The Menzingers' Tom May Discusses Touring With His Heroes, Like The Descendents and Bouncing Souls
Punk is just too stubborn to die. Because of the genre's tenacity, some young bands are lucky enough to tour with artists that have been making music for decades. The Menzingers have played shows with The Descendents, and the group is currently on the third leg of a tour with The Bouncing Souls.
"We grew up listening to them. Some of the first shows we went to were their shows, so to have it come full circle like this a couple years later is pretty gratifying," says vocalist and guitarist Tom May.
We recently caught up with Tom May to discuss the band's latest album, On the Impossible Past, his first time meeting The Lawrence Arms' Brendan Kelly, and how the punk community responds to stolen gear.
So far, it's going amazing. It's almost like it never stops. We went to Europe with The Bouncing Souls and then to Canada, and we're going to spend the entire summer . . . It's going to be like how it's been the last eight days, it's gonna be a great time.
What's it been like playing shows with The Bouncing Souls? It's great. We grew up listening to them, some of the first shows we went to were their shows, so to have it come full circle like this a couple years later is pretty gratifying. Looks like you have a bit of that coming up since you're playing with The Descendents at Riot Fest. We got to play with them a couple of times last year, and we're playing with them at Riot Fest Brooklyn in a month or two. That's going to be amazing.
On the Impossible Past has been met with lots of positive feedback. Was the final product what you set out to make? Speaking in absolutes, it's the album we eventually set out to make. We always want to challenge ourselves to get better. It definitely came out the way we wanted it to come out when we were writing it. It came out even better than we thought, we wrote this one all at once, so we came up with a couple of ideas and wrote the album all at the same time. It wasn't really a collection of songs -- it became more of an album. One thing that really stands out is the vivid songwriting. Are most of the songs based on actual experiences? A lot of songs are based on actual experiences, experiences you hear, or things that happened to people that we knew, things like that, yeah, they relate back to personal things.
You guys worked with Brendan Kelly on the song "So It Goes," and he had a lot to do with you guys getting signed to Red Scare. What was it like when you first met him? It was funny for me when I first met him because I didn't recognize him. I had never seen The Lawrence Arms before, but I liked them a lot. He was at our merch table at The Fest and we were all drunk already. He was like, "Uhh, hey do you have any t-shirts?" And we were like, "No, we don't have them, sorry." He was like, "All right, come watch my band later on." "Oh, cool, what's your band?" "The Lawrence Arms," and I was, like, ah, dammit.
It was funny. He came and watched our set that day. My guitar broke, so I didn't even play guitar for the whole set. I didn't have a belt, so I was using a lanyard to hold my pants up, and it was just big chaos and he really enjoyed it, so he introduced us to Toby [Jeg] and that's how we got signed to Red Scare, it was a lot of fun.CM Punk came out to one of your shows recently. Did you get to meet him?
Yeah, we did. He's a really, really nice guy, he's so down to earth and cool . . . and big and scary.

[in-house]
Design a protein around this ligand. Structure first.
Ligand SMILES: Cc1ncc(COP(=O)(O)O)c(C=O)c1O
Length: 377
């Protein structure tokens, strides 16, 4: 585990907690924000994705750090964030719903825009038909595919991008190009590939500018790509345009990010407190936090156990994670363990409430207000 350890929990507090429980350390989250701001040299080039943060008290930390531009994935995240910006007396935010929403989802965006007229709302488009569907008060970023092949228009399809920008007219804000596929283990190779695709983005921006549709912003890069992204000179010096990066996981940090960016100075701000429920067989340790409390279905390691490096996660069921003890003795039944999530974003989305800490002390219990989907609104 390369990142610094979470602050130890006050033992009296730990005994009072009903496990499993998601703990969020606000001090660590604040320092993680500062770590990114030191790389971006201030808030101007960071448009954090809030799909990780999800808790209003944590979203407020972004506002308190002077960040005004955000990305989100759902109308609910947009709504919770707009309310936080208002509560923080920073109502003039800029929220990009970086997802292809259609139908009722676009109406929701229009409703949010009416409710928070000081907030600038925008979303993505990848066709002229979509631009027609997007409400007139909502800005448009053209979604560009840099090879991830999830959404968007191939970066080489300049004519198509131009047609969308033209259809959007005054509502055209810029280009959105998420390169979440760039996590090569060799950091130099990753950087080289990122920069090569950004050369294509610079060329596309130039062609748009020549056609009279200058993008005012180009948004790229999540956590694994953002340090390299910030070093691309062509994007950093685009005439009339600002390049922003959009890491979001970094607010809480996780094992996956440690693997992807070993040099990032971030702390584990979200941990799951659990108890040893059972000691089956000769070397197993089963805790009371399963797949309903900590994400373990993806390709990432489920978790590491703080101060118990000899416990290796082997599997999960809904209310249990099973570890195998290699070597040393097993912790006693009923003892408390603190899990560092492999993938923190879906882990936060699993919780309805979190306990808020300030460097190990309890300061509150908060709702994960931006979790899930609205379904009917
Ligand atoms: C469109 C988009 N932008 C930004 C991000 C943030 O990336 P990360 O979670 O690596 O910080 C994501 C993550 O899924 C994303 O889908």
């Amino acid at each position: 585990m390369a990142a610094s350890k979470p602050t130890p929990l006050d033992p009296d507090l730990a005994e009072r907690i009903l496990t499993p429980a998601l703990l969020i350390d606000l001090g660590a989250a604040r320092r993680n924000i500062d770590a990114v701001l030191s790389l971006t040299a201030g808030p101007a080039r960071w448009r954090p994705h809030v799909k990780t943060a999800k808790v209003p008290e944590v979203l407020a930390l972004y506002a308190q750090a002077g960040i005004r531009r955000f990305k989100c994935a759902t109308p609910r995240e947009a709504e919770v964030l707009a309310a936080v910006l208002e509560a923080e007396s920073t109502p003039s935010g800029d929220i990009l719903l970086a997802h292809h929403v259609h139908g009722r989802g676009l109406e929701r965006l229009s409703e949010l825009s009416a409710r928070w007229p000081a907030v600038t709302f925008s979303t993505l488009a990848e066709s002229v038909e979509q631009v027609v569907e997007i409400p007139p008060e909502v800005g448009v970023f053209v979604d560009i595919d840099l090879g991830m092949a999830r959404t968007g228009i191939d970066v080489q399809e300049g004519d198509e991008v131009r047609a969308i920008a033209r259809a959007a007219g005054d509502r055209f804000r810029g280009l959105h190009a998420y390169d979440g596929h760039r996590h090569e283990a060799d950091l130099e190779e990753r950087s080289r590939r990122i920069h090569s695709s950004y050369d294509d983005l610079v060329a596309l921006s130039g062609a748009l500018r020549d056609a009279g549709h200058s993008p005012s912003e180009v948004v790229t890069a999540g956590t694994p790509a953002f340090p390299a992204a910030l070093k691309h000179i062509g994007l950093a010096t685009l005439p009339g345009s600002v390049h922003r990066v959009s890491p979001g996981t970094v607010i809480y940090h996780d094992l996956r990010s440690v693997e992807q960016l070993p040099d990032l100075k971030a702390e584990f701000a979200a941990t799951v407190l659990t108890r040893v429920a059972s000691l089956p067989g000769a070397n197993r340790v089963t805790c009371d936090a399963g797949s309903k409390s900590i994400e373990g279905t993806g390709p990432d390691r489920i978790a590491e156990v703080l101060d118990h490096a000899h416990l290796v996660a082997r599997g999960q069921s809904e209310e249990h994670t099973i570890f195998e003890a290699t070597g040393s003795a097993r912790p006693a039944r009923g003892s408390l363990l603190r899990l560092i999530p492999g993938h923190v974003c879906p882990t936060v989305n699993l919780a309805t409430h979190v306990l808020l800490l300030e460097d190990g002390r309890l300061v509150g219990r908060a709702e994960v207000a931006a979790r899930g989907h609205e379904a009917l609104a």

So, as crazy as meeting Brendan Kelly? No, that was crazy, but I didn't recognize him, either, when he walked in. Someone was like, "That's a champ right there," I'm like "Oh, my god, a champ?" I'm not really into wrestling at all. I was real into it when it was Ultimate Warrior and Jake the Snake and all of that. A couple of my friends still follow wrestling -- they were all really jealous.
What does your band name mean, and how did you come up with it? We came up with it a couple years ago; it's a secret. There's no soul-crushing ironic genius behind the name or anything like that. It's just kind of a goofy thing that we stuck with. You guys got robbed last month. Has there been any resolution regarding your gear? It's been resolved in the sense that the entire punk community across the world kind of came together and helped us out. It was almost absurd. It was amazing. A lot of names came up of people that donated that we hadn't talked to in years. That was really reaffirming of everything we're trying to do. As far as the people that robbed us, they didn't catch them, and the security cameras weren't working or whatever and that put a big damper on it, but The Bouncing Souls really helped us out and took really good care of us while we were in Europe, and all of our friends were there, and so I would say, yeah, it did get resolved. It seems like I'm hearing a lot stories about bands getting their gear stolen. Is that just what people are talking about, or have you noticed a bit of that happening to other bands as well? I think it would be difficult for somebody to get the actual numbers of bands getting ripped off and things like that, but we have been in quite a recession for a long time, and I really think that there's a correlation between that. I think that hitting a band is a really easy score. You're going to get a bunch of high-value stuff that's not guarded very well. It's very easy to get rid of it, taking the serial numbers off. Some bands are insured and some aren't, but I just think that all kinds of small crimes like that are on the rise, especially with bands.
I guess the silver lining is it's such a tight-knit community that people are willing to help out. Absolutely. I almost feel bad that people that get their house robbed or their small business robbed aren't a member of a community like that.
The Menzingers and Bouncing Souls are scheduled to perform Sunday, July 8, at at Nile Theater.